Growth and Protein
February 1, 2005
Growth and Protein
(847) 205-5660 ext. 4009
Now that you’ve had a month to drink in our new look, it’s time to raise the first of many glasses to Dairy Field’s 100th anniversary.
We’re kicking off our celebration in this issue with a look back at how far processing technology has come in the years since DF and its predecessors have been helping manufacturers do their job better. It’s truly amazing to see the extent to which technology has progressed, transforming arduous tasks into streamlined operations with greater efficiency and safety, retaining the quality and taste of traditional recipes while creating new, innovative products.
With this issue, we also proudly welcome the first quarterly column by Tip Tipton. I’m sure for most of you, Tip needs no introduction. Retired a year now from IDFA and heading up his own consulting firm, Tip will share his wide experience and knowledge with our readers as he helps the industry continue on its journey.
In issues to come, we’ll be offering glimpses of our past with excerpts from our predecessor publications, so you can see how much we all have grown. Plus, we’re inviting dairy veterans to share their personal observations of the industry’s evolution.
OK, now that the ceremony is out of the way, it’s back to business, for me as well as the new Congress. And apparently some legislators think they’re off to a flying start by reviving a failed attempt to boost tariffs on imported milk proteins.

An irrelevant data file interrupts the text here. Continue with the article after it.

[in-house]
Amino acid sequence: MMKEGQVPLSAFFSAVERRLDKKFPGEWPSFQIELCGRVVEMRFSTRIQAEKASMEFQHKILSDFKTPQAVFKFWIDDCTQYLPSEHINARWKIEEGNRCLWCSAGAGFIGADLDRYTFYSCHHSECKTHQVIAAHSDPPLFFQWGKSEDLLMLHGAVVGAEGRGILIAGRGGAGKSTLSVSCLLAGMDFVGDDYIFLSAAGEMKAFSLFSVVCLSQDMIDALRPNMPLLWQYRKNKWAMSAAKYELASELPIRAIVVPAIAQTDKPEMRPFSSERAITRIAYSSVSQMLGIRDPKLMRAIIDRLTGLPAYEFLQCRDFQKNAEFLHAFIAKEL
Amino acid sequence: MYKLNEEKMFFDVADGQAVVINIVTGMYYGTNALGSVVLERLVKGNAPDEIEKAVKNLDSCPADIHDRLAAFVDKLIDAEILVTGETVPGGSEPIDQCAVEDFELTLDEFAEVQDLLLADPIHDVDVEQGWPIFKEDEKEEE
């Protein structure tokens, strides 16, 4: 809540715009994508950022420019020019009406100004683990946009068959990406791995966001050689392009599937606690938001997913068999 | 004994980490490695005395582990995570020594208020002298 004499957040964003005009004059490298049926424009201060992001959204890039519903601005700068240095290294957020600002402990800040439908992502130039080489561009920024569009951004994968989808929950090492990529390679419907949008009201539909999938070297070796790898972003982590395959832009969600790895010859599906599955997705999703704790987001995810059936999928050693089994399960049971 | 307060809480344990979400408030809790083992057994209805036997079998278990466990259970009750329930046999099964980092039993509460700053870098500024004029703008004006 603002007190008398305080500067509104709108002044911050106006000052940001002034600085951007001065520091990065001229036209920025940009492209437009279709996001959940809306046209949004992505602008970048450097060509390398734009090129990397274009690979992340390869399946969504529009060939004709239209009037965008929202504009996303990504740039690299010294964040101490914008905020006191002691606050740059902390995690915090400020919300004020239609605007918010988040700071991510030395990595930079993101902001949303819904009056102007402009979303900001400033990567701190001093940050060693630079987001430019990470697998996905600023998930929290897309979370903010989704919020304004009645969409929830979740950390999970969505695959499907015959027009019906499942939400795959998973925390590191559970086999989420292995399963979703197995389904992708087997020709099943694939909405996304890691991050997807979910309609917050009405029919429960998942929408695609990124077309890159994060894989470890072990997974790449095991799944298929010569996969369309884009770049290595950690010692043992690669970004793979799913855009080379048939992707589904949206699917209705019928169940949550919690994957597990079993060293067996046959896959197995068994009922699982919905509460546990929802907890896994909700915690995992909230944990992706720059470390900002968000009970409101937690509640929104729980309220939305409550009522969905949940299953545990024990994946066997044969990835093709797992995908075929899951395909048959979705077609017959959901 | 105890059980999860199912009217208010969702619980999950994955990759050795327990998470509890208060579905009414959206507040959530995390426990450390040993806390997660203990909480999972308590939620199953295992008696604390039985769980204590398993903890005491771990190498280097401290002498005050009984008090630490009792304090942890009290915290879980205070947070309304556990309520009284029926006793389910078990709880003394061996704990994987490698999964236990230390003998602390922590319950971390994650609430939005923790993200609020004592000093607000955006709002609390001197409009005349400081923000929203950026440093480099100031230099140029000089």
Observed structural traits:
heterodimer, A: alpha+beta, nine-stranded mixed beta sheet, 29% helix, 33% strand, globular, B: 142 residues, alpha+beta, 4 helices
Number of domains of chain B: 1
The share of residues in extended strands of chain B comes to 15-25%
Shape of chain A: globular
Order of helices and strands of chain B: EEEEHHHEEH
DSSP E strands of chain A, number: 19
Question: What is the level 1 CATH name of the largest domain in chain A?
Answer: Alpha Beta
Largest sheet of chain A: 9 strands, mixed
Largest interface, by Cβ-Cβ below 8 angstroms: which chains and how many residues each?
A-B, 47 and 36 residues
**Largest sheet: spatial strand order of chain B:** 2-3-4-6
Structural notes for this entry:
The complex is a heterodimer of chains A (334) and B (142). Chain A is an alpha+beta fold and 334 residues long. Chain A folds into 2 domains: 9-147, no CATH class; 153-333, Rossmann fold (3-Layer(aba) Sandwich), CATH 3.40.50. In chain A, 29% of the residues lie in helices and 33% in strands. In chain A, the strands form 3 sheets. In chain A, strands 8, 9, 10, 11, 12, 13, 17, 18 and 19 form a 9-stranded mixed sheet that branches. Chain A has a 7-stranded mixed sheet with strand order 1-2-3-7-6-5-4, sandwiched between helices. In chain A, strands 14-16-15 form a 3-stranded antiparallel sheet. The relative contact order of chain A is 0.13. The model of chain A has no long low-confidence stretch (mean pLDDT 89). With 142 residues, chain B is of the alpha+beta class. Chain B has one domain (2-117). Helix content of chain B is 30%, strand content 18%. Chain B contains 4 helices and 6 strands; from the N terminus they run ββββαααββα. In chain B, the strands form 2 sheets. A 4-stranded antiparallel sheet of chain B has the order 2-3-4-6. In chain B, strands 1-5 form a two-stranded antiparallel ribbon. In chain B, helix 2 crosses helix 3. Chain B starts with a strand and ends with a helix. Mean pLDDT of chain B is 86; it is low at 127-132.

Look, we’ve been through this before. No, MPC isn’t universally interchangeable with NFDM, which the government seems content to keep subsidizing for storage. No, there isn’t an ample domestic supply to keep processors from going offshore, because the current price-support program offers no incentive for making a more useful product. And no, imports of MPC and caseins have no direct impact on farm milk prices, which reached record highs in the past year.
So the solution isn’t to hamper processors’ ability to purchase the ingredients they seek for new and innovative products — it’s to start generating an adequate supply here so producers can reap the rewards. For goodness sakes, this New Deal-era mentality is getting the industry nowhere.
Connie Tipton and the CEO panel at Dairy Forum last month were right on when they said outdated, restrictive dairy policies are strangling the industry’s ability to innovate and compete more effectively on the world stage.
C’mon folks, the future does not lie in powdered milk and government cheese.$OMN_arttitle="Growth and Protein";?>